Today the EFL has unveiled its new supporter sanctioning guide, developed with the FSA, to assist its 72 clubs in dealing with supporter behaviour issues.
The guide seeks to help clubs deal with the small number of supporters that cause issues at their clubs and to improve standards of sanctioning across the country.
With the FSA’s input, the sanctioning guide recommends new communication protocols between club and supporter, an appeals system, education programmes and restorative justice programmes.
Bob Eastwood, the EFL’s head of security and safety operations, said: “The vast majority of football supporters show their passion for the team they follow in the correct way; however, the behaviour of a very small number of individuals presents a challenge for club officials across the country.
“Following the return of fans, after the disruption caused by the COVID pandemic, the behaviour of some supporters has been placed under the microscope, which has prompted questions about how the football authorities deal with incidents that are in contravention of ticketing terms and conditions or ground regulations.
“The EFL, with our long-standing track record for innovation, identified an opportunity to produce a new robust set of solutions for managing and dealing with supporter behaviour.”
Assistant professor at Northumbria law school Dr Ashley Lowerson, an expert in football-related law, also co-authored the new sanctioning guide.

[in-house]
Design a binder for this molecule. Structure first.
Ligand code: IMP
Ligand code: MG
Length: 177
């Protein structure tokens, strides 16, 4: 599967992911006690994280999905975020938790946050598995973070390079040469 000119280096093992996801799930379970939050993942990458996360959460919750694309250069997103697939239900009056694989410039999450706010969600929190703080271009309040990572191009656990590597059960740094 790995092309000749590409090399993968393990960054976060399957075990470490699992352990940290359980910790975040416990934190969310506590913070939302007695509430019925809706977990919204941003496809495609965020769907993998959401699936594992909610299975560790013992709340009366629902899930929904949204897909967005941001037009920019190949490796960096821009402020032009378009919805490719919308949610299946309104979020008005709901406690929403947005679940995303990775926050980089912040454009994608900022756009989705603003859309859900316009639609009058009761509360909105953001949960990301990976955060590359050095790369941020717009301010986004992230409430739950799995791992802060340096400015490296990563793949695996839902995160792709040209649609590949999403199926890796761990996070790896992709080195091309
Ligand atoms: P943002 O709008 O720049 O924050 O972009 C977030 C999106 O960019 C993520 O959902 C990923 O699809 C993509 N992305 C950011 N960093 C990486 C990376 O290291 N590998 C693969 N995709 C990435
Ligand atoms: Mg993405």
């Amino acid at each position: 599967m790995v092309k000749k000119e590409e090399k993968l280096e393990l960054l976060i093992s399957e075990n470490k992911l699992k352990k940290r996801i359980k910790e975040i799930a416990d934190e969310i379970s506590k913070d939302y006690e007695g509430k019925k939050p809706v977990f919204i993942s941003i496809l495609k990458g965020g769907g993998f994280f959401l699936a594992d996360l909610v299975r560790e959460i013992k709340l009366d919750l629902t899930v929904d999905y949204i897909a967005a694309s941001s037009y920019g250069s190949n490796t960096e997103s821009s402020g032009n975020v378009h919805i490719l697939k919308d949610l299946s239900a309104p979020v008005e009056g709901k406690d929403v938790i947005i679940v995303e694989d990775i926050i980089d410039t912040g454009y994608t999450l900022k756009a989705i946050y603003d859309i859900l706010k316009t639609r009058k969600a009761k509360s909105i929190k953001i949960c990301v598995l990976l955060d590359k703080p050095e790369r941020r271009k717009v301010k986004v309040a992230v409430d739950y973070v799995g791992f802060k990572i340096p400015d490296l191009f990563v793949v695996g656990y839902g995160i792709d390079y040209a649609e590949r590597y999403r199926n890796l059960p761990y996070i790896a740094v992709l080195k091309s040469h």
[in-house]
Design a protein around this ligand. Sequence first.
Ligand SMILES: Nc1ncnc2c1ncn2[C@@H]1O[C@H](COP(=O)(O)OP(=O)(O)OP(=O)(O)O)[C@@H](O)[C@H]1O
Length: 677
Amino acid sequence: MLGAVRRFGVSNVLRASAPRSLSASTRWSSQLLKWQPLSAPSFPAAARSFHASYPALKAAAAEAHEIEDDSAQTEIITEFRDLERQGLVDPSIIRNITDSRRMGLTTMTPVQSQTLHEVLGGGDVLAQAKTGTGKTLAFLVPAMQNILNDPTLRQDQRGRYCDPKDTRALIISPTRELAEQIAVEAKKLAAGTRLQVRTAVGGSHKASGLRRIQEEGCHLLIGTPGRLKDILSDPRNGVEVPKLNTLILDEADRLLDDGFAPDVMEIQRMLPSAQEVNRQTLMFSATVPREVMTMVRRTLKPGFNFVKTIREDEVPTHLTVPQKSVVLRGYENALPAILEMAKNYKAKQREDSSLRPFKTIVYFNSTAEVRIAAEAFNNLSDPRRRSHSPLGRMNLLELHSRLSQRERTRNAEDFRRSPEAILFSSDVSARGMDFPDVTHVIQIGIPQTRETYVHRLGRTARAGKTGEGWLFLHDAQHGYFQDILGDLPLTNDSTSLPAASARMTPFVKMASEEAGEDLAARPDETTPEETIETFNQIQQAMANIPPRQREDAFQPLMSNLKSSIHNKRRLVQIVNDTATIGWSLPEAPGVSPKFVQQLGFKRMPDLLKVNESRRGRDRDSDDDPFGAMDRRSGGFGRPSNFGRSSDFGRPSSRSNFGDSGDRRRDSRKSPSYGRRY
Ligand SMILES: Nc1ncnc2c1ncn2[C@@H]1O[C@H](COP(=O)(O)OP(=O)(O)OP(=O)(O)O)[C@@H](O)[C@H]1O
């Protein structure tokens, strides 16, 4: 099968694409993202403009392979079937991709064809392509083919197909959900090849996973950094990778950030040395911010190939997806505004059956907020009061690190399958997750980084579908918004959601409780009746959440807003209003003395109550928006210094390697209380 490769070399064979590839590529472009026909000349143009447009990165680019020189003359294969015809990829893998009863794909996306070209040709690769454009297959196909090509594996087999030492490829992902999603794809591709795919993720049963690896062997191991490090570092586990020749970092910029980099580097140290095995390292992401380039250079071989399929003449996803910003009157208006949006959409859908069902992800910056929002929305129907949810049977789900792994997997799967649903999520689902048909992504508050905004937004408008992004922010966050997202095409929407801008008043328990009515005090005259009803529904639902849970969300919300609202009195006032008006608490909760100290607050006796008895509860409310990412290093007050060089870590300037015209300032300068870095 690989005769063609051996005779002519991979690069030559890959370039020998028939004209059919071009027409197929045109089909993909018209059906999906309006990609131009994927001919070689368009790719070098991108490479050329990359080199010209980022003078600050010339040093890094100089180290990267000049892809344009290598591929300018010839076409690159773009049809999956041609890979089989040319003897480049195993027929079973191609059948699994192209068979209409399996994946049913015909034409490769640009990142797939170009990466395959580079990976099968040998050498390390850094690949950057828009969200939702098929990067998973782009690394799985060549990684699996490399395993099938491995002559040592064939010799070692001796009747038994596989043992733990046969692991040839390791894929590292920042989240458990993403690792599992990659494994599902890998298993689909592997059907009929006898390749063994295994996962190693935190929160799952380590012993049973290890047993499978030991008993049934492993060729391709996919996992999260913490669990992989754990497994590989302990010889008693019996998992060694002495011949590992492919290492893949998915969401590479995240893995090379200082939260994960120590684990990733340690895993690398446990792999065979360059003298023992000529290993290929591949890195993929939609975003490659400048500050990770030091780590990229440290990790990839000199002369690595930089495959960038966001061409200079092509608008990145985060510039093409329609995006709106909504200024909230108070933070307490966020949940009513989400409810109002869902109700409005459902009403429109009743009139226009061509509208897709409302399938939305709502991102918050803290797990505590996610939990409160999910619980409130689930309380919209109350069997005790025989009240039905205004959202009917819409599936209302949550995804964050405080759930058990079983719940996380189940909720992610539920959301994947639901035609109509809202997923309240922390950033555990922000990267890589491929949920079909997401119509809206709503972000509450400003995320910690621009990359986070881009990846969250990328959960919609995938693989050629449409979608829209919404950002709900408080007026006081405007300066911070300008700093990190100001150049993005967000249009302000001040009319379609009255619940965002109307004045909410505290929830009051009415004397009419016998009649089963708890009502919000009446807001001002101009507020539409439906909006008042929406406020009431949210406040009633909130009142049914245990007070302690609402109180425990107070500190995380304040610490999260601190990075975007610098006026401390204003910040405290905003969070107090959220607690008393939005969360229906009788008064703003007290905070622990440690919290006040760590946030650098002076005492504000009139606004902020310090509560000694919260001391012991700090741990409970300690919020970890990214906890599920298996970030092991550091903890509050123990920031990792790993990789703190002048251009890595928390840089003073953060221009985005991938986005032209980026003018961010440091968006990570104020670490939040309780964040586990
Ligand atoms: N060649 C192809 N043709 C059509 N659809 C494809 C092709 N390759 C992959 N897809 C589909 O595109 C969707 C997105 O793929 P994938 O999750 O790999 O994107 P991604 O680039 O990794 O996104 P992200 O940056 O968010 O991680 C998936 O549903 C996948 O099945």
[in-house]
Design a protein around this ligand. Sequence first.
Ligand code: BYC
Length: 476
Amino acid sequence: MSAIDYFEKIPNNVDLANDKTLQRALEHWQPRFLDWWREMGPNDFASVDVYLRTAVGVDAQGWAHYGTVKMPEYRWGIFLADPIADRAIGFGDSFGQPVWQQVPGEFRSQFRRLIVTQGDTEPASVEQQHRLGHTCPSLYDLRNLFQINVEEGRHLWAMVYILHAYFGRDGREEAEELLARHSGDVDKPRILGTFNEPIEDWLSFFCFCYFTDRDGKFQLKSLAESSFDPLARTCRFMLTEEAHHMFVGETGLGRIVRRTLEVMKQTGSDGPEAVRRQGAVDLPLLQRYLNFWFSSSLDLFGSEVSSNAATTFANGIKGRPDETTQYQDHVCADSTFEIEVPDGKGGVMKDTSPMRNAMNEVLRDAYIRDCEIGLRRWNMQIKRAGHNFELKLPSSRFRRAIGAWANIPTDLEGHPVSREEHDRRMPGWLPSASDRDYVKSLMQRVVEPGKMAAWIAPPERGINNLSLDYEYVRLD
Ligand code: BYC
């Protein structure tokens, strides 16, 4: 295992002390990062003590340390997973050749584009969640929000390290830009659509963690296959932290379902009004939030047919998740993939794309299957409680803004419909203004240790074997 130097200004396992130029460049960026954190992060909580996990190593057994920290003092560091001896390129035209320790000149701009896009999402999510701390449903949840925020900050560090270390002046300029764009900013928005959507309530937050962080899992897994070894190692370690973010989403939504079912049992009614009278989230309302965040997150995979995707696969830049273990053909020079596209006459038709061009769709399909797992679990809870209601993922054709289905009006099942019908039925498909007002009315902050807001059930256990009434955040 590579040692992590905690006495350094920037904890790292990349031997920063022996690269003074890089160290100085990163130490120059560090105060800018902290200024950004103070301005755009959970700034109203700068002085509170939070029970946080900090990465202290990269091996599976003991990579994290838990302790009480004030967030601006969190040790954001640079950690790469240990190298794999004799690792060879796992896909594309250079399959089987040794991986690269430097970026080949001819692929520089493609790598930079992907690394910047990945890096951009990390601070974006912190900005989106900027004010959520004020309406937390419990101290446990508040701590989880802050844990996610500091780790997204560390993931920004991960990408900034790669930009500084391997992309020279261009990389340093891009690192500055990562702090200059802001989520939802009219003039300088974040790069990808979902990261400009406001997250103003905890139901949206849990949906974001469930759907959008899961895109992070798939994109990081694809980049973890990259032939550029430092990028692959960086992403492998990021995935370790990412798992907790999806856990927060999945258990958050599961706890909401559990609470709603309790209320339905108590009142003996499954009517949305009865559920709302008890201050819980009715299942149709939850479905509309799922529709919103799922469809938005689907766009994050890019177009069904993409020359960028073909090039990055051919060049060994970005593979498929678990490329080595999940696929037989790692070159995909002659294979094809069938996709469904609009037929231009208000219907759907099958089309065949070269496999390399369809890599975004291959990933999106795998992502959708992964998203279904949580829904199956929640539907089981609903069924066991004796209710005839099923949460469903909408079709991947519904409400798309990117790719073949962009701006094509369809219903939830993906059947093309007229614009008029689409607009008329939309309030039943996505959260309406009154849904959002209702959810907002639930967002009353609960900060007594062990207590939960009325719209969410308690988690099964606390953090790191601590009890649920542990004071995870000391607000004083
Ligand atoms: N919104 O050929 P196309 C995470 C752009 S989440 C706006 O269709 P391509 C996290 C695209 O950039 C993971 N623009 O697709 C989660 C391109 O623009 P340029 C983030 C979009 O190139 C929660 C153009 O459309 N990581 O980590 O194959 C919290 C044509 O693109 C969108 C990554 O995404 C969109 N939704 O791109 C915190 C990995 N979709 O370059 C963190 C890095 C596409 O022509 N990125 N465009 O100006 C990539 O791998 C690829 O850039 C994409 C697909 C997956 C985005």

FSA caseworker Amanda Jacks said: “Traditionally, a club’s default position was to simply exclude those supporters who have unfortunately behaved in an unacceptable way.
“But what the guidelines reflect now, and this is absolutely with the EFL’s support, is a recognition that clubs are not going to resolve this issue alone by exclusion.
“The guidance is quite heavy on the need for education and restorative justice – and a move away from this default position of a punitive response to a more holistic one.”
An executive summary of the guidance is now available alongside the full document for clubs, supporter organisations and supporters to read.
“The creation of the supporter sanctioning guidance will rebalance the rights of spectators and those of the football club. A process that is autonomous yet encapsulates proportionality and fairness,” Dr Lowerson said said.
Following a number of high profile incidents of disorder last season – with pitch incursions and pyro grabbing headlines – the football authorities have been working to address behavioural issues that emerged post-pandemic.
This was reflected in the 2021-22 football-related arrests figures, showing a rise, that were published back in September.
The FSA will continue to represent supporters in discussions with the football authorities to ensure football remains one of the safest mass-participation events in the UK.